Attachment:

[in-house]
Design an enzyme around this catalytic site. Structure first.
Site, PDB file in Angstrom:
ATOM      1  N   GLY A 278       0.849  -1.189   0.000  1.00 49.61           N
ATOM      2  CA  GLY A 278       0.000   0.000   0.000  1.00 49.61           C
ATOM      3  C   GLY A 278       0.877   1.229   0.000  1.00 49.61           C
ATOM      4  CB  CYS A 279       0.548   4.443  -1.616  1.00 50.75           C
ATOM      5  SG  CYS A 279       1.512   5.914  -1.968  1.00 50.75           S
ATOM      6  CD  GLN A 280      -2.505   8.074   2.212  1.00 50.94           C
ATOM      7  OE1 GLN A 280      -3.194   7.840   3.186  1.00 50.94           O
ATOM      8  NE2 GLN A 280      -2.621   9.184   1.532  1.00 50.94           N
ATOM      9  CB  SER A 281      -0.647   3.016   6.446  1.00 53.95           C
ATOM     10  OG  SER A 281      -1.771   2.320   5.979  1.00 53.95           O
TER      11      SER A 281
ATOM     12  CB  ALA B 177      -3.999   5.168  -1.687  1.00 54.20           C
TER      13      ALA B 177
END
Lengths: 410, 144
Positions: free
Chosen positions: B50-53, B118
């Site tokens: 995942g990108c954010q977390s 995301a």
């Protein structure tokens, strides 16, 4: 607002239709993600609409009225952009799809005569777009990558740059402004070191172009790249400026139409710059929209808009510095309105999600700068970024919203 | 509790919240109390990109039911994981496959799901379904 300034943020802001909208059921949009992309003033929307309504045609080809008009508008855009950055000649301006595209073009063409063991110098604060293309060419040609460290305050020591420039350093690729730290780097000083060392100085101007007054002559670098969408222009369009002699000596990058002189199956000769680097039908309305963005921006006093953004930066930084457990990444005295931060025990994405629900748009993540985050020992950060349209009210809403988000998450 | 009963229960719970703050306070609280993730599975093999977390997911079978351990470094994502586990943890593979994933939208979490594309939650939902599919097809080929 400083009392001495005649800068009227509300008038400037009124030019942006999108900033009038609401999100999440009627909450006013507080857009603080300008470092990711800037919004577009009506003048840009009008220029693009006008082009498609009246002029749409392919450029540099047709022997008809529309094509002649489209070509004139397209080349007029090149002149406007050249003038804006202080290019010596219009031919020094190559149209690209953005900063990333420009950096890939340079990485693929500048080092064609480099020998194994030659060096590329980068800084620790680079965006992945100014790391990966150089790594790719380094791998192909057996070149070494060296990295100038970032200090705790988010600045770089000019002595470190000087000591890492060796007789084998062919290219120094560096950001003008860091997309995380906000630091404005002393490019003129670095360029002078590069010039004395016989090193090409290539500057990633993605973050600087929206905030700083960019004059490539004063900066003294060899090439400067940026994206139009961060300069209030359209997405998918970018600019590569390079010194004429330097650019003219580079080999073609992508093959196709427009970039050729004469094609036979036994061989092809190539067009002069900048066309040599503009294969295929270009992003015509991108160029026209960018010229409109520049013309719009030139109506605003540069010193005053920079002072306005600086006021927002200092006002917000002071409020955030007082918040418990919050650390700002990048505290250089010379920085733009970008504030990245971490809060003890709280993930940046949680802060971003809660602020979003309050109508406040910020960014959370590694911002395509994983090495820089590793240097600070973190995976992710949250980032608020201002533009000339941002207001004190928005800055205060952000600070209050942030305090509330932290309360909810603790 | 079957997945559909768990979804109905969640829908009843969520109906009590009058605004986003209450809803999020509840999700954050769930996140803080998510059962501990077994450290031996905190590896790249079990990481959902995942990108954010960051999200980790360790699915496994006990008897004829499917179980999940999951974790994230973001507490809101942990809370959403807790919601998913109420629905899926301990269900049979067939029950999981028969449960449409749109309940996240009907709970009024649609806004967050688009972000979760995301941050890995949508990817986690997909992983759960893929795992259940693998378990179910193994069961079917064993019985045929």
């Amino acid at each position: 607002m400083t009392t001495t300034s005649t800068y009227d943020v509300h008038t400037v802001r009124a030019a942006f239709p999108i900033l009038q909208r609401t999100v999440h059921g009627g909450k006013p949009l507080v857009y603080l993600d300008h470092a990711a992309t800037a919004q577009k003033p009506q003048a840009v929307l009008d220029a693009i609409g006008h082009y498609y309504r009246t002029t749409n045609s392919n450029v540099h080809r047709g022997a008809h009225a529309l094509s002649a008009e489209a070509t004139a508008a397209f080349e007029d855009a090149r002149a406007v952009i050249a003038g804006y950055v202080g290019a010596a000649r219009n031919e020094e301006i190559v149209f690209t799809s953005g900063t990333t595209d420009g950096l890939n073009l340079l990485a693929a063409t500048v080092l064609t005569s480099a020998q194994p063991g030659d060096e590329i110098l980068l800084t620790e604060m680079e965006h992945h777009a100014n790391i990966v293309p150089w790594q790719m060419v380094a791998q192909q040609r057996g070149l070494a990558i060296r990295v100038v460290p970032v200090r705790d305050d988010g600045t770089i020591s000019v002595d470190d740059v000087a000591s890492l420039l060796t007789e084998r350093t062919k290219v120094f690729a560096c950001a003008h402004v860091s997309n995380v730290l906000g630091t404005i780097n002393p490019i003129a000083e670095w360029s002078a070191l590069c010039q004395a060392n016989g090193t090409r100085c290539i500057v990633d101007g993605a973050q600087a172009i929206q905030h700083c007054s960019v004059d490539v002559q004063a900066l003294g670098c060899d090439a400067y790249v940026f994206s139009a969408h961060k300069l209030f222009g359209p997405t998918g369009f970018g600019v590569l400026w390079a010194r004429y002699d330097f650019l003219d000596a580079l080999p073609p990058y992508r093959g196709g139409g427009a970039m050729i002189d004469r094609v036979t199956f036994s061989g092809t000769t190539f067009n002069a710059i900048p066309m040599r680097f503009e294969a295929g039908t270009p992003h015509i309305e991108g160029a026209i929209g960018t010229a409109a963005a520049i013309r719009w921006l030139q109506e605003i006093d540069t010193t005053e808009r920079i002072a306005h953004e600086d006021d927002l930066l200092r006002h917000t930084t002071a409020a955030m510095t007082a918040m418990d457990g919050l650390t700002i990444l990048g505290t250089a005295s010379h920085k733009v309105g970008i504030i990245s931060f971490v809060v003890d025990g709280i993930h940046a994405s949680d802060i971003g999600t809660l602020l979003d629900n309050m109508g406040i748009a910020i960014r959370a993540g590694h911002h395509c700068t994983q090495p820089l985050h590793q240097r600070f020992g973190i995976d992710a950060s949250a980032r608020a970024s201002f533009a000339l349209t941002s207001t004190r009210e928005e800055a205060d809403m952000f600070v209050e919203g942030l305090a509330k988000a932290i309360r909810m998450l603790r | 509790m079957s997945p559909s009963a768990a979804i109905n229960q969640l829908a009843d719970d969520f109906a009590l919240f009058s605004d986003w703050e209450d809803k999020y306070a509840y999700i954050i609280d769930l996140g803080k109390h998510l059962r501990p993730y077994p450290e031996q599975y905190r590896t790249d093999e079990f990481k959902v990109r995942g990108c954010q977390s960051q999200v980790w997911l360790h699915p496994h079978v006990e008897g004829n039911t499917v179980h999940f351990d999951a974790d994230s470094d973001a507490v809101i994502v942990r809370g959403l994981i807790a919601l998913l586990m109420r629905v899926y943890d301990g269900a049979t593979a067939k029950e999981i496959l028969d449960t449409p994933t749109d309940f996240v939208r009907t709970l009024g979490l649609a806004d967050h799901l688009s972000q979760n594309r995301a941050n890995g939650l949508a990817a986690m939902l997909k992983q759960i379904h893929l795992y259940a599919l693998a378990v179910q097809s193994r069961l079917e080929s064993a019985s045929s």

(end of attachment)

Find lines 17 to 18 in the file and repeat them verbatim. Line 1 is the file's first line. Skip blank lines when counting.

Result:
END
Lengths: 410, 144